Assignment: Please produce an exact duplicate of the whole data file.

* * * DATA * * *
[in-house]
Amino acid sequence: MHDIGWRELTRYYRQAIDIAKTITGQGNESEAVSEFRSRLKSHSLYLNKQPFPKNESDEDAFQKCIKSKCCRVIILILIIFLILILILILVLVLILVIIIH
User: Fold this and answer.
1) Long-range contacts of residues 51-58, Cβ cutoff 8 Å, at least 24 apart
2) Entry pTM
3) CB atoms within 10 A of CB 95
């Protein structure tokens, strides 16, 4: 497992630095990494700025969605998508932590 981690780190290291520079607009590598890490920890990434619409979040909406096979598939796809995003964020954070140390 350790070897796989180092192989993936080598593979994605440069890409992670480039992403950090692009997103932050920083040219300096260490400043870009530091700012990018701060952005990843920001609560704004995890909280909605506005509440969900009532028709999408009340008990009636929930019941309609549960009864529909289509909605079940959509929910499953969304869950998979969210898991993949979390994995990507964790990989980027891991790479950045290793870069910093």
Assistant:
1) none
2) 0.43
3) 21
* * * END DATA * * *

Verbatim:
[in-house]
Amino acid sequence: MHDIGWRELTRYYRQAIDIAKTITGQGNESEAVSEFRSRLKSHSLYLNKQPFPKNESDEDAFQKCIKSKCCRVIILILIIFLILILILILVLVLILVIIIH
User: Fold this and answer.
1) Long-range contacts of residues 51-58, Cβ cutoff 8 Å, at least 24 apart
2) Entry pTM
3) CB atoms within 10 A of CB 95
């Protein structure tokens, strides 16, 4: 497992630095990494700025969605998508932590 981690780190290291520079607009590598890490920890990434619409979040909406096979598939796809995003964020954070140390 350790070897796989180092192989993936080598593979994605440069890409992670480039992403950090692009997103932050920083040219300096260490400043870009530091700012990018701060952005990843920001609560704004995890909280909605506005509440969900009532028709999408009340008990009636929930019941309609549960009864529909289509909605079940959509929910499953969304869950998979969210898991993949979390994995990507964790990989980027891991790479950045290793870069910093």
Assistant:
1) none
2) 0.43
3) 21